News

White House

Volker Testifies He Was Unaware of ‘Any Linkage’ Between Delayed Military Aid to Ukraine and Biden Investigation

Former U.S. special envoy to Ukraine Kurt Volker testifies before a House Intelligence Committee hearing as part of the impeachment inquiry into President Donald Trump on Capitol Hill, November 19, 1019. (Loren Elliott/Reuters)

Former U.S. special envoy to Ukraine Kurt Volker testified to Congress on Tuesday that he was unaware of “any linkage” between the Trump administration’s hold on U.S. military aid to Ukraine and an investigation into former vice president Joe Biden.

“No one had ever said that to me — and I never conveyed such a linkage to the Ukrainians,” Volker told the House Intelligence Committee.

Volker emphasized that he was “not in the loop” as far as the administration’s alleged efforts to convince Ukrainian President Volodymyr Zelensky to publicly announce investigation into the Bidens as a condition for military assistance, saying that “at no time” did he know that the administration wanted to investigate Biden.

“I did not know about the strong concerns expressed by then-national security adviser John Bolton to members of his NSC staff regarding the discussion of investigations,” Volker said in his opening statement.

Volker also dismissed as a “conspiracy theory” Trump lawyer Rudy Giuliani’s suggestion that Biden leveraged his position as vice president to benefit from his son’s lucrative position at a Ukrainian gas company.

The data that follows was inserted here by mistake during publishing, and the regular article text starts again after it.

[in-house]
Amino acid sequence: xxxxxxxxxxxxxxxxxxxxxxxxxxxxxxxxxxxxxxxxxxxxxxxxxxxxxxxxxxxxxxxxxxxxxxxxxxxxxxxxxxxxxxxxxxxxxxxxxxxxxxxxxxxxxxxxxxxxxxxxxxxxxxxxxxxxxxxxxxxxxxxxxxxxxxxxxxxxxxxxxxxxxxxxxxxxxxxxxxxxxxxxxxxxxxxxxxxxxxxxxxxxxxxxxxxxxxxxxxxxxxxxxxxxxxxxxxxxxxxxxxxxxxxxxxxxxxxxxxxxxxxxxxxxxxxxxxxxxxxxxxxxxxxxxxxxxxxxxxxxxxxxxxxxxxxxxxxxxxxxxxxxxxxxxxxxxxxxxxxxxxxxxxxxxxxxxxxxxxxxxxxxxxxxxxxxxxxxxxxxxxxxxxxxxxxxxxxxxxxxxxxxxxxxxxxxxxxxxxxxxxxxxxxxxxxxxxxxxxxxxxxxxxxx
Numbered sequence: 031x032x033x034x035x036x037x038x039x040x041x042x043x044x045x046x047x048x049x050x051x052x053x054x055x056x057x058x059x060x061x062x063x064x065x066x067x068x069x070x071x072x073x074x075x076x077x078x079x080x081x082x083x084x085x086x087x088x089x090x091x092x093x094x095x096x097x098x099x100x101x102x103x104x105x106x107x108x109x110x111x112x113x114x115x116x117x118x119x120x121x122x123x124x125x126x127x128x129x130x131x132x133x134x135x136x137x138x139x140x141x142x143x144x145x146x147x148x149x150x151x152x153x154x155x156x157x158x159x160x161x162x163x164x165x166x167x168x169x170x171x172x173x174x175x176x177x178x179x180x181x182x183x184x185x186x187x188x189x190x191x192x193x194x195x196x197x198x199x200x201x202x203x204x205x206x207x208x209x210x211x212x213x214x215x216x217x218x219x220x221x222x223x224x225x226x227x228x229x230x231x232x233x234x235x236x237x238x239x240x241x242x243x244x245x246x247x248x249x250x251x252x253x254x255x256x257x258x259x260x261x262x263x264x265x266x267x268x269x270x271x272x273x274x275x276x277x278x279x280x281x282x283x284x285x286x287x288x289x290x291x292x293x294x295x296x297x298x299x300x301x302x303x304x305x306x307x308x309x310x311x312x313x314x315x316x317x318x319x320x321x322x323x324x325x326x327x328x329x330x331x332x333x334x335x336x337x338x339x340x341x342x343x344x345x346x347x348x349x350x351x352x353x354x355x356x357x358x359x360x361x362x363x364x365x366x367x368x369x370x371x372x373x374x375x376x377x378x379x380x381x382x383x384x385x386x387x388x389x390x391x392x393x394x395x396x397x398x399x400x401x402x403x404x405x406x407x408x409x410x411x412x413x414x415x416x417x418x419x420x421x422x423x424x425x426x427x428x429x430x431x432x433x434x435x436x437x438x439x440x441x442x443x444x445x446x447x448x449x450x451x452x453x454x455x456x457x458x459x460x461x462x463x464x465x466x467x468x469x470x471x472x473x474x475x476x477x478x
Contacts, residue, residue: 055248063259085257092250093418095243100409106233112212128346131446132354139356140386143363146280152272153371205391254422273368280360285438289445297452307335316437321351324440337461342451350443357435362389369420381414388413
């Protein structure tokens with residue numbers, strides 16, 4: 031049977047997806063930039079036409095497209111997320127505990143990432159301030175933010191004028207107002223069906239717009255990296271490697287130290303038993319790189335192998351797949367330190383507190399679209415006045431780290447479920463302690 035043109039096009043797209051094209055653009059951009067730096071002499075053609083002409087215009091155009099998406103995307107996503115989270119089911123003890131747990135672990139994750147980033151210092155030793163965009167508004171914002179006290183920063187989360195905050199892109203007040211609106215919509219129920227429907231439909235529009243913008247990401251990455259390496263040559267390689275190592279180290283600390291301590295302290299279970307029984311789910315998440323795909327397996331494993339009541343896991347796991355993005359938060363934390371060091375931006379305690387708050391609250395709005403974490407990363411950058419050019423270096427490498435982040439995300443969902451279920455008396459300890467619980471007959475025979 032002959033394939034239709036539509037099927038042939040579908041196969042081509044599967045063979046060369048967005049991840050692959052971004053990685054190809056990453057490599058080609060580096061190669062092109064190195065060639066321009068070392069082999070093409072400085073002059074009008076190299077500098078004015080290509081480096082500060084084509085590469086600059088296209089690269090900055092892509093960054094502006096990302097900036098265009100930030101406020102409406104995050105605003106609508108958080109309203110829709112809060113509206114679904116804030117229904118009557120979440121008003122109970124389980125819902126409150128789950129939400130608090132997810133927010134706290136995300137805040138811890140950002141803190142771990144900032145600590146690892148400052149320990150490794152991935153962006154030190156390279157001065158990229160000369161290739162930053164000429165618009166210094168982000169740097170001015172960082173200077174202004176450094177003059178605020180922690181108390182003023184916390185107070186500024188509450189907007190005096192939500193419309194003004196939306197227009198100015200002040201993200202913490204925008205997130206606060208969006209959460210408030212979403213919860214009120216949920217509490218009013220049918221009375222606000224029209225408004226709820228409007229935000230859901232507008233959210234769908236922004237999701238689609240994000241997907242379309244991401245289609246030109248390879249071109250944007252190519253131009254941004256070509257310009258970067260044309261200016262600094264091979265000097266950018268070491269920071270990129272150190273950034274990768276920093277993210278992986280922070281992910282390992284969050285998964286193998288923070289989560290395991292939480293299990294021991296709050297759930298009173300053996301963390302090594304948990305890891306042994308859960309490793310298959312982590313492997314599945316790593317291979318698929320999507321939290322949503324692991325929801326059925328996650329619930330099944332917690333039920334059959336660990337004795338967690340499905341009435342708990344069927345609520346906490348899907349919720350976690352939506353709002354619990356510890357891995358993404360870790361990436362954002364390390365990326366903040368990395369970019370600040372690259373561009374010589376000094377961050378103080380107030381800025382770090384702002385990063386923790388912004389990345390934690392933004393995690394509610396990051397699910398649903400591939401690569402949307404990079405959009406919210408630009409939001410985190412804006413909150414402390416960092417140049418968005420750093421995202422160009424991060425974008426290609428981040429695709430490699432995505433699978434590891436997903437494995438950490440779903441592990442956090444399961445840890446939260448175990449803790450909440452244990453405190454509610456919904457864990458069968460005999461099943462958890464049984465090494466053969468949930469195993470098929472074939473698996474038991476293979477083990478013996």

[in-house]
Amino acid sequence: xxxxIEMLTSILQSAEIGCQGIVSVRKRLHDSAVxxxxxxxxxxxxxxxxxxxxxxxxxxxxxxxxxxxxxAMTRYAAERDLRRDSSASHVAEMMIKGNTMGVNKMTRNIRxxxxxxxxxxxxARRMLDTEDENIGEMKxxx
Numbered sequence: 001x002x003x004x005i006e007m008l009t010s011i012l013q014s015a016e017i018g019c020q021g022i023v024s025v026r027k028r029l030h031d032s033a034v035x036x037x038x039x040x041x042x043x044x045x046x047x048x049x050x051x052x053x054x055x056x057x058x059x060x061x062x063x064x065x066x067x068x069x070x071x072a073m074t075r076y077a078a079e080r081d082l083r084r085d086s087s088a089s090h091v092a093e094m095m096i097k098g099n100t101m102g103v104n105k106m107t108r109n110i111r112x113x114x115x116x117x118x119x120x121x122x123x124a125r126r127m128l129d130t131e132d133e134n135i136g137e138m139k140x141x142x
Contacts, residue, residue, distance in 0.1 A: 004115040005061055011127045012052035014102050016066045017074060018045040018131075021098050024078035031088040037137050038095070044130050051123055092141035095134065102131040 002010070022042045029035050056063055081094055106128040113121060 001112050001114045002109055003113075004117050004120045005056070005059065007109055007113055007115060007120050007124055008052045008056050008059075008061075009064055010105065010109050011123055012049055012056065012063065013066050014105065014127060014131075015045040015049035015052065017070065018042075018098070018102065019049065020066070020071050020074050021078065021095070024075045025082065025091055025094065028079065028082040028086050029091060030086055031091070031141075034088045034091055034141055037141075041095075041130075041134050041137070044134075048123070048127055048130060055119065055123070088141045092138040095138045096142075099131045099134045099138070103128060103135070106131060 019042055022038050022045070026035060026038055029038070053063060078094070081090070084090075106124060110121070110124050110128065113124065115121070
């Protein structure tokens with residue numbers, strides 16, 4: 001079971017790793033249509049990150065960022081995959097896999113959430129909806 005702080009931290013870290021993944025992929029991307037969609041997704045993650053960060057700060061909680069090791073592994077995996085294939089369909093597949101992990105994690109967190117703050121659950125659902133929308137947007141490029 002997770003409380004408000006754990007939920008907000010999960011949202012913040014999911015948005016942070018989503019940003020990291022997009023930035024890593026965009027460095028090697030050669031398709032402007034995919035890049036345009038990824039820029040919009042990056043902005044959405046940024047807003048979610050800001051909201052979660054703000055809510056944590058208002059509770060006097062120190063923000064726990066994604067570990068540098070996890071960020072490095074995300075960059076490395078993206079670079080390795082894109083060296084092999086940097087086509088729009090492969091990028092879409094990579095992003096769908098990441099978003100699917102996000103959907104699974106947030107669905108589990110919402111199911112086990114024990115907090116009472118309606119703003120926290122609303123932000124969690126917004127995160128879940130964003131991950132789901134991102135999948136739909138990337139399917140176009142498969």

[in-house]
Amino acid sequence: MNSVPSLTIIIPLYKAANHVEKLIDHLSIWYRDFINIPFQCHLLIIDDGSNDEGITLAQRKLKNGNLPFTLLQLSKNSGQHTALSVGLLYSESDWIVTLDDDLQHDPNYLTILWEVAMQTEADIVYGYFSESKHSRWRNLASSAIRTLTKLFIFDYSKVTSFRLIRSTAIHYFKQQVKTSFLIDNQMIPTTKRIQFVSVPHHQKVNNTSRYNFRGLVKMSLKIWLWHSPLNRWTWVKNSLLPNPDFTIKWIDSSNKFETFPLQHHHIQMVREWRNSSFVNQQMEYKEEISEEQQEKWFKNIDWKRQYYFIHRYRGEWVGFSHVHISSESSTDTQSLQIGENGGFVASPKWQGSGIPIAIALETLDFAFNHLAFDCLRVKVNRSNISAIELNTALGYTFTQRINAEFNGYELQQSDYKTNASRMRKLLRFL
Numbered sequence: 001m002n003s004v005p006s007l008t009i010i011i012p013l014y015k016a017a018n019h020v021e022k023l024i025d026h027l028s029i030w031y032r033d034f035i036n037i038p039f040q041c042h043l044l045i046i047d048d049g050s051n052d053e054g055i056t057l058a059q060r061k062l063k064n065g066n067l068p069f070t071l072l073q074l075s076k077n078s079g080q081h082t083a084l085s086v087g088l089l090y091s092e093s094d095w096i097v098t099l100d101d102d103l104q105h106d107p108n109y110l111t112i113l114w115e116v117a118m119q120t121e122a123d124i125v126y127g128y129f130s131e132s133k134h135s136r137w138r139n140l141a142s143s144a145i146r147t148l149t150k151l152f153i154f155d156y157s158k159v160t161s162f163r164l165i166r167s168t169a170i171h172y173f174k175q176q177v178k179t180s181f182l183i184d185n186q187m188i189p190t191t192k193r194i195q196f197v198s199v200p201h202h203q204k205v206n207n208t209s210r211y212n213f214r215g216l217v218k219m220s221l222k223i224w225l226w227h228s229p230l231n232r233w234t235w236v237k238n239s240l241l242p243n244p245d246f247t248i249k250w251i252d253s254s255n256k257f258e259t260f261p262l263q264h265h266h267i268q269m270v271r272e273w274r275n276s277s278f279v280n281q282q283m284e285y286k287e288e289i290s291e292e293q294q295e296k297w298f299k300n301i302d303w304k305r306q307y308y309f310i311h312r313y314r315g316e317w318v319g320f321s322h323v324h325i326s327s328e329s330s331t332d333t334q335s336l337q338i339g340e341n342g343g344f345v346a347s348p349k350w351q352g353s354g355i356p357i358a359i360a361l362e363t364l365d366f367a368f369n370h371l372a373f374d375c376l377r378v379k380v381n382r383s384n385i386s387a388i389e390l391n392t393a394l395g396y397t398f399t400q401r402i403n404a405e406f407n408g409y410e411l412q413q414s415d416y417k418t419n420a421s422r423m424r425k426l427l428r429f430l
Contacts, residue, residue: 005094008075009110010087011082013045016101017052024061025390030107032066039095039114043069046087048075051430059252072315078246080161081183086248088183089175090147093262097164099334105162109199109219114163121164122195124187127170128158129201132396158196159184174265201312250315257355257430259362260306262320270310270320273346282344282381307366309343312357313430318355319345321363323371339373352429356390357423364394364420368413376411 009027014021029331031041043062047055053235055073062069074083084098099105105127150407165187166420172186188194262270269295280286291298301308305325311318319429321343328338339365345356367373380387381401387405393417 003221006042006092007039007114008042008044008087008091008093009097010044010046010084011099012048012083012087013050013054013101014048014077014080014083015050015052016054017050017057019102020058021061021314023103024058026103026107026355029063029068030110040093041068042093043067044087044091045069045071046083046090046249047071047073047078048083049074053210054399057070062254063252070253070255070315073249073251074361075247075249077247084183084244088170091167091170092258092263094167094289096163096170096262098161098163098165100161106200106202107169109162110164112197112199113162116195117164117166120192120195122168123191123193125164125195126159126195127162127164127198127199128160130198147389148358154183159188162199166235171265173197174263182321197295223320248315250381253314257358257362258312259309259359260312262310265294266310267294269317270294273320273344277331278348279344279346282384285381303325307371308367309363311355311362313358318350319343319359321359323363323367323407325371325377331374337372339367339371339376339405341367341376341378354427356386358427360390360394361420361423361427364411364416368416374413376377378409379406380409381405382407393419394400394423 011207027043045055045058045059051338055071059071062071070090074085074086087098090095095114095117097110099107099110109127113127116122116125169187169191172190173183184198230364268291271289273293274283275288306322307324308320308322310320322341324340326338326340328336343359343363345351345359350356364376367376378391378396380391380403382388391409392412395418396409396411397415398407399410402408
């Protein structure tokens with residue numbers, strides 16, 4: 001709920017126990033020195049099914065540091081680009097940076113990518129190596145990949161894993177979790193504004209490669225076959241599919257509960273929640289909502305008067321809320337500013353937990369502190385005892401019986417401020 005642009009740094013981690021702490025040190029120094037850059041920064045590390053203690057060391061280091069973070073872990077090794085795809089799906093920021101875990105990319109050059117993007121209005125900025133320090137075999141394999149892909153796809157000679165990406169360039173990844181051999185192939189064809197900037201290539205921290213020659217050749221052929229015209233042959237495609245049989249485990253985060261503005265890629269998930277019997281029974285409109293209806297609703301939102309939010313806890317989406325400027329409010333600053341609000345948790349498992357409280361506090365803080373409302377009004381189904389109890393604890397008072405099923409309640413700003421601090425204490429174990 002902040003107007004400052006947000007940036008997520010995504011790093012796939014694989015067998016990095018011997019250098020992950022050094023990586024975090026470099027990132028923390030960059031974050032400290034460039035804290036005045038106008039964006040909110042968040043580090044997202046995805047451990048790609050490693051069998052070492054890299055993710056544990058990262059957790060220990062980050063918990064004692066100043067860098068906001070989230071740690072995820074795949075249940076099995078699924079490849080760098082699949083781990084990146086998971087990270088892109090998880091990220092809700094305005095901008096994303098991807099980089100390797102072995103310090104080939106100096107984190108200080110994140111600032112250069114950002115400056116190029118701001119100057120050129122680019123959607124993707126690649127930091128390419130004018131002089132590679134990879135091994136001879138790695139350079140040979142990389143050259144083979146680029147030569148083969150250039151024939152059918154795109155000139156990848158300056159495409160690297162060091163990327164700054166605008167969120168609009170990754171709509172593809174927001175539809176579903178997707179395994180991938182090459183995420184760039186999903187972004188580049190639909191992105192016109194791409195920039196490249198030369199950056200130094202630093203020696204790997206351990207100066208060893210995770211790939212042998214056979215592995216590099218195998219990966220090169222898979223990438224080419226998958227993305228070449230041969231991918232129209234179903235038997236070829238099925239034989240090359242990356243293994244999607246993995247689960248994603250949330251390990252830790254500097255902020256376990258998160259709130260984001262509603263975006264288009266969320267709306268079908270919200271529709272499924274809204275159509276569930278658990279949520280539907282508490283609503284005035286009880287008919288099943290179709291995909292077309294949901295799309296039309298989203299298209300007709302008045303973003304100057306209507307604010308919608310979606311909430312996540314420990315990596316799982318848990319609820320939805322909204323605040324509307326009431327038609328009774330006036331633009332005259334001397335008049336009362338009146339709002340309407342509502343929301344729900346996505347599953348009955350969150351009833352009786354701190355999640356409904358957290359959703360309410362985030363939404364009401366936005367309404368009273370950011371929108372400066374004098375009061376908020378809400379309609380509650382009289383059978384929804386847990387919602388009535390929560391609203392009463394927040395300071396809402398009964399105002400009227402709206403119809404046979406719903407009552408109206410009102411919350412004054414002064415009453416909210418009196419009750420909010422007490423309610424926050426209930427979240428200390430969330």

“At the one in-person meeting I had with Mayor Giuliani on July 19, Mayor Giuliani raised, and I rejected, the conspiracy theory that Vice President Biden would have been influenced in his duties as vice president by money paid to his son,” Volker said in his opening statement.

“As I testified previously, I have known Vice President Biden for 24 years. He is an honorable man and I hold him in the highest regard,” Volker added. “It’s just not credible to me that a vice president of the United States is going to do anything other than act as how he sees best for the national interest.”

Volker originally flatly denied in closed-door testimony last month that the topic of investigations did not come up in a July 10 White House meeting with Ukrainian officials. However, he amended his public testimony to state that he now remembers U.S. Ambassador to the European Union Gordon Sondland making “a generic comment about investigations,” that “all of us thought was inappropriate.”

Volker’s testimony comes on the second day of a week packed with impeachment hearings, which will include testimony from Sondland himself on Thursday.

Send a tip to the news team at NR.

Most Popular

Why Trump’s Losing

President Trump pulled an inside straight to win in 2016, and now he needs another one. The good news for Trump is that his approval rating has stopped falling recently. The bad news is that it has stabilized in the low 40s. Election-watcher Harry Enten points out that no president since Harry Truman has won ... Read More

Why Trump’s Losing

President Trump pulled an inside straight to win in 2016, and now he needs another one. The good news for Trump is that his approval rating has stopped falling recently. The bad news is that it has stabilized in the low 40s. Election-watcher Harry Enten points out that no president since Harry Truman has won ... Read More
U.S.

A Stay-at-Home Mom on Her Reasons for Leaving Portland